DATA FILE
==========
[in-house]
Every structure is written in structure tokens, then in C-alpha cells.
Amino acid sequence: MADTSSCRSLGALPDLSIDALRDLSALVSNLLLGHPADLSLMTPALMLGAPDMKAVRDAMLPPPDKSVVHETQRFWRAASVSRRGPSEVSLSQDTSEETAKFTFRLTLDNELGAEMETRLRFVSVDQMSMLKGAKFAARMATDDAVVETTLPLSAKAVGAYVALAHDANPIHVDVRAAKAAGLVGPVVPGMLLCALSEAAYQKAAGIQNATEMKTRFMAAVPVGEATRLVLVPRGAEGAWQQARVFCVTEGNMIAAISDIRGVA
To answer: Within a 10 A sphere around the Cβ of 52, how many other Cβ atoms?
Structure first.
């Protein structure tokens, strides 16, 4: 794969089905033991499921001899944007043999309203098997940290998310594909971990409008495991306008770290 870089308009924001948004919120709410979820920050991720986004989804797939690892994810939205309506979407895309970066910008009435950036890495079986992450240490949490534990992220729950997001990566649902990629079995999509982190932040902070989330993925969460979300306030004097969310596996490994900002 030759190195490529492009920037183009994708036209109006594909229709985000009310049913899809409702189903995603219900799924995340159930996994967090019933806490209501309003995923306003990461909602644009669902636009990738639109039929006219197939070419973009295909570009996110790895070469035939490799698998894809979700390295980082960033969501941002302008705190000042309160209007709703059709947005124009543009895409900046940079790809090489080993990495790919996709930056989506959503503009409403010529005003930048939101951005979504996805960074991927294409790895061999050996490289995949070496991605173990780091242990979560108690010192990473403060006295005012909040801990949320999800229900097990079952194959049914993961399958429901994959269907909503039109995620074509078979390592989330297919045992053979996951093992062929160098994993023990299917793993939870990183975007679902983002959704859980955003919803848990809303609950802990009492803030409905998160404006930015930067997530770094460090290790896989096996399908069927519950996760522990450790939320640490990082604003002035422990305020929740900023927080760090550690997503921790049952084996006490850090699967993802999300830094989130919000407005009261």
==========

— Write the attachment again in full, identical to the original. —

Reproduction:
[in-house]
Every structure is written in structure tokens, then in C-alpha cells.
Amino acid sequence: MADTSSCRSLGALPDLSIDALRDLSALVSNLLLGHPADLSLMTPALMLGAPDMKAVRDAMLPPPDKSVVHETQRFWRAASVSRRGPSEVSLSQDTSEETAKFTFRLTLDNELGAEMETRLRFVSVDQMSMLKGAKFAARMATDDAVVETTLPLSAKAVGAYVALAHDANPIHVDVRAAKAAGLVGPVVPGMLLCALSEAAYQKAAGIQNATEMKTRFMAAVPVGEATRLVLVPRGAEGAWQQARVFCVTEGNMIAAISDIRGVA
To answer: Within a 10 A sphere around the Cβ of 52, how many other Cβ atoms?
Structure first.
């Protein structure tokens, strides 16, 4: 794969089905033991499921001899944007043999309203098997940290998310594909971990409008495991306008770290 870089308009924001948004919120709410979820920050991720986004989804797939690892994810939205309506979407895309970066910008009435950036890495079986992450240490949490534990992220729950997001990566649902990629079995999509982190932040902070989330993925969460979300306030004097969310596996490994900002 030759190195490529492009920037183009994708036209109006594909229709985000009310049913899809409702189903995603219900799924995340159930996994967090019933806490209501309003995923306003990461909602644009669902636009990738639109039929006219197939070419973009295909570009996110790895070469035939490799698998894809979700390295980082960033969501941002302008705190000042309160209007709703059709947005124009543009895409900046940079790809090489080993990495790919996709930056989506959503503009409403010529005003930048939101951005979504996805960074991927294409790895061999050996490289995949070496991605173990780091242990979560108690010192990473403060006295005012909040801990949320999800229900097990079952194959049914993961399958429901994959269907909503039109995620074509078979390592989330297919045992053979996951093992062929160098994993023990299917793993939870990183975007679902983002959704859980955003919803848990809303609950802990009492803030409905998160404006930015930067997530770094460090290790896989096996399908069927519950996760522990450790939320640490990082604003002035422990305020929740900023927080760090550690997503921790049952084996006490850090699967993802999300830094989130919000407005009261």